The freeze response is when it seems like we can not fight or run away, the accelerator of our nervous system is on at the same time as the brake. You may not be able to move and everything seems like it is in slow motion (due to cortisol hitting the hippocampus area of the brain). This is an automatic response beyond our control. When people experience a “freeze” response, they may look calm on the outside but on the inside they are in a high level of stress. This is also known as the “1000 yard stare.” You might have seen a picture of a small child who has come out of natural disaster, eyes wide open, staring straight towards the photographer with spacey dewy quality to the eyes.

Our nervous system can get hijacked when there is no real threat. Our body and mind react as if there is, we call this a hijacking of Nervous System. Paying attention to sensations connected to being “stuck on high” or “stuck on low” are most important in shifting the awareness to sensations and creating resiliency.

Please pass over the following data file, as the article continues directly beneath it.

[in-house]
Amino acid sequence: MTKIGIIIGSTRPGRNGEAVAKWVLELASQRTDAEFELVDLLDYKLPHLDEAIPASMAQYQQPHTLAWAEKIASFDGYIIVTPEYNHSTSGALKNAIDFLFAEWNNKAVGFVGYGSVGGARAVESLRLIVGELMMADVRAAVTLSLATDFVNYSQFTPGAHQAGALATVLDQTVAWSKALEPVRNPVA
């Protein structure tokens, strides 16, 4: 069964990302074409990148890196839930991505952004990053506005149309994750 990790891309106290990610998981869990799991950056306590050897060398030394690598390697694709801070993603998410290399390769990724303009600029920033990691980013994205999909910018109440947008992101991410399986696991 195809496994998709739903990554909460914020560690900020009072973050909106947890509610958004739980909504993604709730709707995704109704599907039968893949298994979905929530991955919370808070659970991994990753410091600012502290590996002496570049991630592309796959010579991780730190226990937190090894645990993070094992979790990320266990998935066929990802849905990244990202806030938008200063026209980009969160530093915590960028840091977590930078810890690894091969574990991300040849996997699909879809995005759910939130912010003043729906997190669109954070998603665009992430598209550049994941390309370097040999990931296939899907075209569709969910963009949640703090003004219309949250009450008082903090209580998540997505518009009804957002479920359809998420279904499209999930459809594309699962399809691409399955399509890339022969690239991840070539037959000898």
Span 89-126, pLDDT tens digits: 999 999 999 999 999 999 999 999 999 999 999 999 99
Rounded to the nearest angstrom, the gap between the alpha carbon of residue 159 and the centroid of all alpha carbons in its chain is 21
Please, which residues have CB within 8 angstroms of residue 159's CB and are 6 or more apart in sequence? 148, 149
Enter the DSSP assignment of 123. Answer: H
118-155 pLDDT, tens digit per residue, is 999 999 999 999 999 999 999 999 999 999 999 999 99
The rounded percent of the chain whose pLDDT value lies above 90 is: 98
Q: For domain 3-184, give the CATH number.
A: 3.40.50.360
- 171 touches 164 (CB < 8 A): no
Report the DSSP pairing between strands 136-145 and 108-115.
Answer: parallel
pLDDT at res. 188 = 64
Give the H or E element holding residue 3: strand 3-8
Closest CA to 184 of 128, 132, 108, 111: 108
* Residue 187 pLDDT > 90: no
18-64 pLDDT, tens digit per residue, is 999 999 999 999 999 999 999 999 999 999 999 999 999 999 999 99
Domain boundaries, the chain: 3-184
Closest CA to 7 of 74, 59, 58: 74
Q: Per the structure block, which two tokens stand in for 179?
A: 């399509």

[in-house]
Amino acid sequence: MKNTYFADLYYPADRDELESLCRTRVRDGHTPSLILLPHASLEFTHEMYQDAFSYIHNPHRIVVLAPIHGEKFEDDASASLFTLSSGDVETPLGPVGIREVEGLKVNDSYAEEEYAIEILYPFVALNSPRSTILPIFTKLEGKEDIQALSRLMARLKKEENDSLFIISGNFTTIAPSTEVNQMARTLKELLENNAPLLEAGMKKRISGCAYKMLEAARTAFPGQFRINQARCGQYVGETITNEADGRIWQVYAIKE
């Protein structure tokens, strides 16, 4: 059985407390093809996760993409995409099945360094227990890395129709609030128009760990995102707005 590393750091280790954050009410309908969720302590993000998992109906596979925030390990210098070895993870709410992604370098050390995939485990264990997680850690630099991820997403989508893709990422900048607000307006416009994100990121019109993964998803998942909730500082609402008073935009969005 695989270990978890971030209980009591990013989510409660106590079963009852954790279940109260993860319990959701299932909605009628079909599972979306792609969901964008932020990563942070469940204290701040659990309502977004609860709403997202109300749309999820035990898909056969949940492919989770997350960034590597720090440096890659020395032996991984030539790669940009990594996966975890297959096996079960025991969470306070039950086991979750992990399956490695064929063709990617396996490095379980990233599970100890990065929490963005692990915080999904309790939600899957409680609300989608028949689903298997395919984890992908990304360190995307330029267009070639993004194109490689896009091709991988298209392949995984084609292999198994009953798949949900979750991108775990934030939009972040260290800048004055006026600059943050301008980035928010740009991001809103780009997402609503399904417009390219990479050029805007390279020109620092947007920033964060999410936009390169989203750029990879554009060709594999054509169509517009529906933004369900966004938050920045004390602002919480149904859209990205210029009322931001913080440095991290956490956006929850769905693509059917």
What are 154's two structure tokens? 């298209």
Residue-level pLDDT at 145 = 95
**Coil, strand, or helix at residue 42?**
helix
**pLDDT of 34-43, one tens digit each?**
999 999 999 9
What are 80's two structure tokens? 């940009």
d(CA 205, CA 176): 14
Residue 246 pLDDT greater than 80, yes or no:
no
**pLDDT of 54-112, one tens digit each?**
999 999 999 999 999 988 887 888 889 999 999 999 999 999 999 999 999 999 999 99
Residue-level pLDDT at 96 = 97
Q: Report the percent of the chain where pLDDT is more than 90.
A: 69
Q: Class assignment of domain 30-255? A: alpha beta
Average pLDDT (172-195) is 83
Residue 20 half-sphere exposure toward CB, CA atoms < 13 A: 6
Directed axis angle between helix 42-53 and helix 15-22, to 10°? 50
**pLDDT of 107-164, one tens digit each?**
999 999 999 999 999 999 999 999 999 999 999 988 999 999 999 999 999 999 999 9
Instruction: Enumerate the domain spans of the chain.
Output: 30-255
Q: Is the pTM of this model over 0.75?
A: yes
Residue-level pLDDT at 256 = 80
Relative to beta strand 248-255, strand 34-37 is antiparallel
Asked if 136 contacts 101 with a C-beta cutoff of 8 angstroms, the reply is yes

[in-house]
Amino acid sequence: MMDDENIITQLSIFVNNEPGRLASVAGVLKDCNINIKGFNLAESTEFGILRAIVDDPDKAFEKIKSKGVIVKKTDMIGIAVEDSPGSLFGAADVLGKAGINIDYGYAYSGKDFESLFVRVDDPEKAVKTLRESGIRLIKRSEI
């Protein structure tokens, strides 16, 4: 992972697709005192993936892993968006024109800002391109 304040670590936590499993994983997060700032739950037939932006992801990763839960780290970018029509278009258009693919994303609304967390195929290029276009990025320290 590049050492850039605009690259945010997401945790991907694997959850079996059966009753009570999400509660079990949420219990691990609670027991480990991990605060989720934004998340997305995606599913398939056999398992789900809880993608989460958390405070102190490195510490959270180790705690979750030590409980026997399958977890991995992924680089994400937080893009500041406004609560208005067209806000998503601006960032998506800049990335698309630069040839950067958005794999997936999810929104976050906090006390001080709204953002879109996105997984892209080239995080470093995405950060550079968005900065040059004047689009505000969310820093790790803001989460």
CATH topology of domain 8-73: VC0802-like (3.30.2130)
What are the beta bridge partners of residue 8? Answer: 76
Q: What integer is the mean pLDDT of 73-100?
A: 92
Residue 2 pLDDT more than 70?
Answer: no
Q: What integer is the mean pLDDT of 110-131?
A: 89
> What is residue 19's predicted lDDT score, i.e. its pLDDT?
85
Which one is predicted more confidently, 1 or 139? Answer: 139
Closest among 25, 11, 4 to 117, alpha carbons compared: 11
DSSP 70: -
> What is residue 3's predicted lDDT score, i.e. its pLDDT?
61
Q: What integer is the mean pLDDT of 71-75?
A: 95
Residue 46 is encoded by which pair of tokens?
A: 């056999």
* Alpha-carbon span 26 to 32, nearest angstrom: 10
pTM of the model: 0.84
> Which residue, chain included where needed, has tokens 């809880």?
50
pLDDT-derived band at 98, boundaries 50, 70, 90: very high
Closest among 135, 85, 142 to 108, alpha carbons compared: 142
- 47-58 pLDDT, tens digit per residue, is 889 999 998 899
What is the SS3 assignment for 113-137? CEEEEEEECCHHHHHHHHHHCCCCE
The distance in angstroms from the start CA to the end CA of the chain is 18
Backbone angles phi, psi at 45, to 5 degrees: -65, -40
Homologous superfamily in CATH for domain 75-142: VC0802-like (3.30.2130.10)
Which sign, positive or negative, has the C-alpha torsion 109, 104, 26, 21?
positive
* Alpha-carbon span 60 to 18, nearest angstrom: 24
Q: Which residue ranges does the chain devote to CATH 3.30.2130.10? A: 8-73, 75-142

For Tim there may be many emotionally charged memories leading him to become activated on “high” or “low” in his body. Emotionally charged memories are stored in the brain. Sounds, smells, pictures, body sensations, and emotions that a person experienced at the time of the event or when witnessing an event are what Robert Scaer (2007) calls “Capsules of Memory”. Internal cues can include rapid heart beat, tightness of the stomach, nausea, muscle tension, water coming up into the eyes.

This type of memory is not delineated by time and space. The event or witnessing of the the event may have happened more than 20 years ago, but is being experienced in the present moment. I have had people say to me, “thought I had worked on this already, but here it is again.” or "I never felt affected all the years I worked or time I was involved in ....., don't know why I am experiencing this now?"

For Tim and others learning to tell the difference between sensations in the body and how to calm and comfort on a body level will help intervene the hijacking of your nervous system. The nervous system can then bounce back.

The body and mind are resilient.